The wine list is broad and carefully selected to complement the food. It includes a long list of sparkling wines from France, Spain, and Italy, bubbles to balance out the garlic livepage.apple.comand spices, as well as a large selection of rosés. The by-the-glass list is well-considered and reasonably priced, and includes a surprisingly good selection of sherries (with a flight of three for just $9).
107 SE Washington St.
Portland, OR 97214
Steven Smith Teamaker
Every wine lover within a hundred miles of Portland should work their way to Steven Smith Teamaker for a tasting with Steven Smith. Whatever you think of tea on your way there, on your way home your mind will be buzzing with how similar teas are to wine in their complexity, the changes great tea makes from attack, to mid-palate, to finish, and how different teas are like different grapes, making drinks that can loosely be called “tea,” but having character as varied as you will find between Cabernet Sauvignon and Croation Pošip.
Chardonnay lovers should be sure to try the White Petal, a white tea, made from the top leaf and bud of the plant, hand-crushed and blended with chamomile from an oasis south of Cairo, and osmanthus flowers from China. Aromas of white peaches waft up from the tasting bowl, with toast and white peaces on the palate.
Fez, a green tea, was described by Steven’s son Jack (Jack is the single coolest, most self-possessed, impressive twelve-year old I ever met – if you get to meet Jack during your tasting, consider that a bonus) as “a real show of flavors.” Jack was right. This Moroccan style tea gets its lemon flavor from Australian lemon myrtle and its spearmint from Oregon. The spearmint & lemon stand out, more spearmint on the nose than on the palate, where it offers up delicate spearmint flavors with a very light lemon background, as well as tannins from the tea.
The black teas were also amazing, offering flavors as varied as clover honey and pecan shells. My favorite was the Lord Bergamot, a twist on Earl Gray that added bergamot to traditional black tea. The nose was incredibly fruity. On the palate, the tannins are very light, the fruit flavors lovely. It shows white-floral flavored citrus and a blend of very light lemon and valencia orange, all with a gently tannic black tea background. Delicious.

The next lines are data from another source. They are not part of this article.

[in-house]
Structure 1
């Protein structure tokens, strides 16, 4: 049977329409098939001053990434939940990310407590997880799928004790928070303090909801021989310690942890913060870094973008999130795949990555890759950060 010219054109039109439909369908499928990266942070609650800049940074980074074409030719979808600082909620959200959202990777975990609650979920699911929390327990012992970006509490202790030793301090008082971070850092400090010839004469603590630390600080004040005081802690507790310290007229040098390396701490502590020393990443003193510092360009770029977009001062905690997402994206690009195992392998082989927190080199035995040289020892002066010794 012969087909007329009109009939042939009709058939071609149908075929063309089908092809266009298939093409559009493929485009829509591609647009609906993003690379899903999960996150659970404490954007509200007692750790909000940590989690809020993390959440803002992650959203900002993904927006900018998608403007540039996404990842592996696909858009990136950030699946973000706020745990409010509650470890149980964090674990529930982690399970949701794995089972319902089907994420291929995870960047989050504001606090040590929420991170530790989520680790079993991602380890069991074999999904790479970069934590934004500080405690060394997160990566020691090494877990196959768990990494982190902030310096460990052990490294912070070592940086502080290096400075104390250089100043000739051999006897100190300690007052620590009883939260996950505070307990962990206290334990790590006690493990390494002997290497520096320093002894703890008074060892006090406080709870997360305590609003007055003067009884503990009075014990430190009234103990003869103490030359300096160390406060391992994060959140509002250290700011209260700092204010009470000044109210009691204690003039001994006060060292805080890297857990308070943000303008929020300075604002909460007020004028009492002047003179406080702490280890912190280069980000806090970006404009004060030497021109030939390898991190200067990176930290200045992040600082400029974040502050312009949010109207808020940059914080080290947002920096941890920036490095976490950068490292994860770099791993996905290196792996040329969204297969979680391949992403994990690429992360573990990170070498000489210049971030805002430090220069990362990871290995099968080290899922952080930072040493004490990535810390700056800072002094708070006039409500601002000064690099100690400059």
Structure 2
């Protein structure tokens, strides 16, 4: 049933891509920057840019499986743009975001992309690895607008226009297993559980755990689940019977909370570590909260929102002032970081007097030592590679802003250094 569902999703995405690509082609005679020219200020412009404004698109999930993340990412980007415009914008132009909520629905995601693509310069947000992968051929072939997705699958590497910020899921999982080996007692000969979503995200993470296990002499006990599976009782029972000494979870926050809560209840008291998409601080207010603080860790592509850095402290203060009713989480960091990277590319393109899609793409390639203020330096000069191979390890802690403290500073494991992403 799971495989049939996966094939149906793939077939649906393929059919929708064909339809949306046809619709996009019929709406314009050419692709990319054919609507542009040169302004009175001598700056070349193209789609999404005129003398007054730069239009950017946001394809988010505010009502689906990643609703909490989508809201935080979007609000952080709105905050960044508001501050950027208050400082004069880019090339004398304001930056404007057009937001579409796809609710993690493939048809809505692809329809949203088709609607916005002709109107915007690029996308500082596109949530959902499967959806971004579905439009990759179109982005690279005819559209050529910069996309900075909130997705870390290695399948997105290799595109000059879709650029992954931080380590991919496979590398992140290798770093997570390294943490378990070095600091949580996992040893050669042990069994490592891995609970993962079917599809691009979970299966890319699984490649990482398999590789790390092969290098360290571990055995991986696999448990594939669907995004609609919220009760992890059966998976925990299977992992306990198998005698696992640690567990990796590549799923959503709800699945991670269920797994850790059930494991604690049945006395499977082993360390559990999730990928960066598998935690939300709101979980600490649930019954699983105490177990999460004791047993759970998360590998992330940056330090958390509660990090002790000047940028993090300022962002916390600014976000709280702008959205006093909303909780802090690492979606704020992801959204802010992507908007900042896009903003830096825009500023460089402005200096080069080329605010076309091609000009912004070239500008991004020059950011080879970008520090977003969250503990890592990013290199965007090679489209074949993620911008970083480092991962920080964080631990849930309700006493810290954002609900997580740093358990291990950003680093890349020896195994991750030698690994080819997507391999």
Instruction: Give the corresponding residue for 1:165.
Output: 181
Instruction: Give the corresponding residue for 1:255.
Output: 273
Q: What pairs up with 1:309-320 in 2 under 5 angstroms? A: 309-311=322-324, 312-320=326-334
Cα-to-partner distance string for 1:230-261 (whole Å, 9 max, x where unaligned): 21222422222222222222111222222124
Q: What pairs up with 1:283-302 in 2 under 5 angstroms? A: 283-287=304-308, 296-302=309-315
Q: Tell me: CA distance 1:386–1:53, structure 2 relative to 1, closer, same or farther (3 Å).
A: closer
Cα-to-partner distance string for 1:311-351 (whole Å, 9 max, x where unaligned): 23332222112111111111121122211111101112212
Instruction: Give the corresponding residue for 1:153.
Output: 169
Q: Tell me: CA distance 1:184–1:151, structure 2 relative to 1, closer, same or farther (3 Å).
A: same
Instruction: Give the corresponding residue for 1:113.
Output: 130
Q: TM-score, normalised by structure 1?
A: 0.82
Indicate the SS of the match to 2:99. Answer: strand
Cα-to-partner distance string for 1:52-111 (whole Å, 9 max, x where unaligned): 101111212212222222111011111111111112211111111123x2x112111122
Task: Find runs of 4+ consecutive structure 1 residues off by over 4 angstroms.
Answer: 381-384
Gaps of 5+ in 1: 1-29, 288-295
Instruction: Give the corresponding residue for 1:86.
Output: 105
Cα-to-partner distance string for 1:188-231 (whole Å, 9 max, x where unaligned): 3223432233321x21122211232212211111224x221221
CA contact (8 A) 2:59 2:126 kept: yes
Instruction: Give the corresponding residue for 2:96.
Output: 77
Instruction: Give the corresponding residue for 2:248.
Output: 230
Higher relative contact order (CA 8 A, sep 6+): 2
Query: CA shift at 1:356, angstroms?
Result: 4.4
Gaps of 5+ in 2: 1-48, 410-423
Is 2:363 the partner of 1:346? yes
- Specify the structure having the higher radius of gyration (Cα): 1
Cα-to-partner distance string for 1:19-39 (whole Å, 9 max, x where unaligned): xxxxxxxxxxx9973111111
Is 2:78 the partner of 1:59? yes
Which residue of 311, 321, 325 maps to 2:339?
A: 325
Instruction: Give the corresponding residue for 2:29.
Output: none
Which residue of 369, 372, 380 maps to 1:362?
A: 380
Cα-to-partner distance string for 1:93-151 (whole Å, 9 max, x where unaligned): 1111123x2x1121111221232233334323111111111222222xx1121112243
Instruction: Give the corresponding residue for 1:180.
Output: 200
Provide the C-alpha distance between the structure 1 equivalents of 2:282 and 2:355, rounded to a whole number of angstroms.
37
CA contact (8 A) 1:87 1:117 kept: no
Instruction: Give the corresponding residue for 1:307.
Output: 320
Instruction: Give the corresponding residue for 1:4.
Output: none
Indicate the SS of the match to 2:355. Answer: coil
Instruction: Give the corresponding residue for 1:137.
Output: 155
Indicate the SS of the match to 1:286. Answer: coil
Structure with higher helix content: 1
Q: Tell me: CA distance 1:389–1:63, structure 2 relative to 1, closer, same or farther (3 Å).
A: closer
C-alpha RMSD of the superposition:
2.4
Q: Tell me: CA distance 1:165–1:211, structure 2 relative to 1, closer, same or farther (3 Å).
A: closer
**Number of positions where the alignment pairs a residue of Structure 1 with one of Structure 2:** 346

Herbal teas were tasted, too. The two best were Red Nectar, a blend of african Rooibos offering up flavors of apricot with hints of a woody background, and Big Hibiscus, an intriguing combination of tart red fruits and enormous florals, like roses and rose-scented talc. This will be wonderful as a hot or cold tea.
We also tasted some bottled cold teas, but they were truly gilding the lilly, stomping on the delicate and complex tea flavors with a hobnailed sugar boot. You are far better getting the teas and making your own cold variations without the sweetener.
Be sure to tell him Palate Press sent you. It won’t make the slightest bit of difference to him, but we’d like the credit because we know you will love it.
Ken Collura, the Sommelier at Andina (please see below) said “eat at Lucky Strike, it’s the best Szechuan I ever had.” One bite at Lucky Strike led to what we will now call the Collura Rule. The Collura Rule goes like this- “if Ken Collura tells you to eat somewhere, go there immediately.”
Lucky Strike is hard to find, one door down from the corner of the street, with a small ground-level sign. It is small, seating just twenty-five, plus perhaps eight seats around the bar. It is a treasure.